Implementing VoIP without reason
The executive was discussing how his CIO based in USA forced him to go to an expensive VoIP (Voice-over-IP) phone solution that he really didn'tÃt believe he needed neither it was a cost effective alternative to traditional phone system he was using for about 450 voice mailboxes.
The only tangible benefits, he could identify going to VoIP system were:
- Saving on average 4.5 cents per minute on long-distance charges between US and Canada. The call volume is not high.
- Elimination of nominal payment they were making to a third party service provider for managing the changes with voice mailboxes. Such changes in voice mailboxes are infrequent.
Does this seem like a reasonable switchover from traditional phone system to VoIP?
Was there more than just cost-benefit analysis for making the decision?
Hidden Costs of Outsourcing
It appears the relationship between vendor, outsourcer and senior management of North American operations of retail franchise may have also played a part in this decision.
For example, the outsourcer in the name of standardization forced the Canadian operation to take a very expensive high-end hardware component whose functions could have easily be delivered using a reasonably priced model from the same VoIP vendor even after projecting reasonable growth for the Canadian operations.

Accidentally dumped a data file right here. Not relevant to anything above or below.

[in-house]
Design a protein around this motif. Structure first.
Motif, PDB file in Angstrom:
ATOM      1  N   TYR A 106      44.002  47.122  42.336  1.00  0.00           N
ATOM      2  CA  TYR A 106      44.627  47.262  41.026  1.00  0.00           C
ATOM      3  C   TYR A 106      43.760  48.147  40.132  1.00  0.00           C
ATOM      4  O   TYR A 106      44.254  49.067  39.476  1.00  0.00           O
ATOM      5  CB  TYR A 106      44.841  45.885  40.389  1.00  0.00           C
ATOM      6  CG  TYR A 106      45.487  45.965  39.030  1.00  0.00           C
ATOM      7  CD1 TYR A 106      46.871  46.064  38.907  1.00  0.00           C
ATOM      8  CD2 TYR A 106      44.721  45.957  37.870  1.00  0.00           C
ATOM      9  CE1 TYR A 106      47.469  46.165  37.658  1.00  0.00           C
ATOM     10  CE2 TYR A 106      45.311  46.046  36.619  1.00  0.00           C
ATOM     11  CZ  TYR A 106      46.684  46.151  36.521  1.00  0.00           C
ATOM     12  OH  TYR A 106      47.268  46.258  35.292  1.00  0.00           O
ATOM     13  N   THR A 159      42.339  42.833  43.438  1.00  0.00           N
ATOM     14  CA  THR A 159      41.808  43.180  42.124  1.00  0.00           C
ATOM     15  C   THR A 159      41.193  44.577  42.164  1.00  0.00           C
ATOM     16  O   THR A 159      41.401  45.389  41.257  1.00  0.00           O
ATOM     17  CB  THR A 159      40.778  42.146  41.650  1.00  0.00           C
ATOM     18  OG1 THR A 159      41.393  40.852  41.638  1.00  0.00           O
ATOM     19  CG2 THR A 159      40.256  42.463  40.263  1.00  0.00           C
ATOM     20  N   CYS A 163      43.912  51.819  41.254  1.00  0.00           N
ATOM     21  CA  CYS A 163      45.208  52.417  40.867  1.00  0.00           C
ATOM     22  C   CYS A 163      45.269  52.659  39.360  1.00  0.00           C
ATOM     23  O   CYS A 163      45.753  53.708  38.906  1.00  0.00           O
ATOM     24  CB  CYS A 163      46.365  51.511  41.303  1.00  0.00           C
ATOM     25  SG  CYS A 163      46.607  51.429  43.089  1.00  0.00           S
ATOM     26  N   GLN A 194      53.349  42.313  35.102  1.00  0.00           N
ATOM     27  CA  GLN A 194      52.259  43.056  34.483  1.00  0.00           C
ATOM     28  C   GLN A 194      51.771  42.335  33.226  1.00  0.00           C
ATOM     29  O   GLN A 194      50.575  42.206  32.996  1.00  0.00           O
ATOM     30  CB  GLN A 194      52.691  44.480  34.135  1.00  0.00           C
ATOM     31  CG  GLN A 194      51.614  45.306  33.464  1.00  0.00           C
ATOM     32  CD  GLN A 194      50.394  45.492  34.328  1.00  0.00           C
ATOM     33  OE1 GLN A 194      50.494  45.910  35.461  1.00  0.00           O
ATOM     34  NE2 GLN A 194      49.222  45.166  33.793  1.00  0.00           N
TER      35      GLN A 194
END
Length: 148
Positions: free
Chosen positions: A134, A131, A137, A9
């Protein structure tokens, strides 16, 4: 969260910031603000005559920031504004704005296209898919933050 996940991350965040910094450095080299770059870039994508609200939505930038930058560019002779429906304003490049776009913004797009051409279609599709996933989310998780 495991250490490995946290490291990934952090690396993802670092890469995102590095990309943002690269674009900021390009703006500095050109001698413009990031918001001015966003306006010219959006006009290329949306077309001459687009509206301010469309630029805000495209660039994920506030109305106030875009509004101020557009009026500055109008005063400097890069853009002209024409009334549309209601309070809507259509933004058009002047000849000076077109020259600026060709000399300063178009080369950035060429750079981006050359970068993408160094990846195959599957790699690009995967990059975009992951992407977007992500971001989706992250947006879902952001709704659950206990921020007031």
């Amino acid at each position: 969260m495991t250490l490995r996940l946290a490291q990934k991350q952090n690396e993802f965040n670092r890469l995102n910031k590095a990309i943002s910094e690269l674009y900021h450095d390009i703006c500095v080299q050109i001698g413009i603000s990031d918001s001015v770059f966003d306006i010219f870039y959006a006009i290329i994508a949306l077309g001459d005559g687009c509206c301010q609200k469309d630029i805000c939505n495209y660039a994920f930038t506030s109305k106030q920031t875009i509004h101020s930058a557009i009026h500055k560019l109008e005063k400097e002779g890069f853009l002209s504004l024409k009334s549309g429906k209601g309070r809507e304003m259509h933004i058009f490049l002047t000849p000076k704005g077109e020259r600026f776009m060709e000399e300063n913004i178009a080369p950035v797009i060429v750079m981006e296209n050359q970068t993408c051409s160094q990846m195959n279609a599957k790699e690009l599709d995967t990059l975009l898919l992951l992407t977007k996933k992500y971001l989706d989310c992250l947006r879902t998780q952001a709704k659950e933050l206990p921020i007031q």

Obviously, the outsourcer has vested interest in keeping the same hardware component everywhere, which reduces the support cost for outsourcer and maintains its profit margins.
What about the cost of acquiring and maintaining unnecessarily a high-end hardware component for the retail franchise?
Whose bottom line does this higher cost of components show up?
Do customers include such additional expense in cost-benefit analysis of retaining an outsourcer?
Is this trend of focusing on core operations and outsourcing the rest delivering the promised benefits?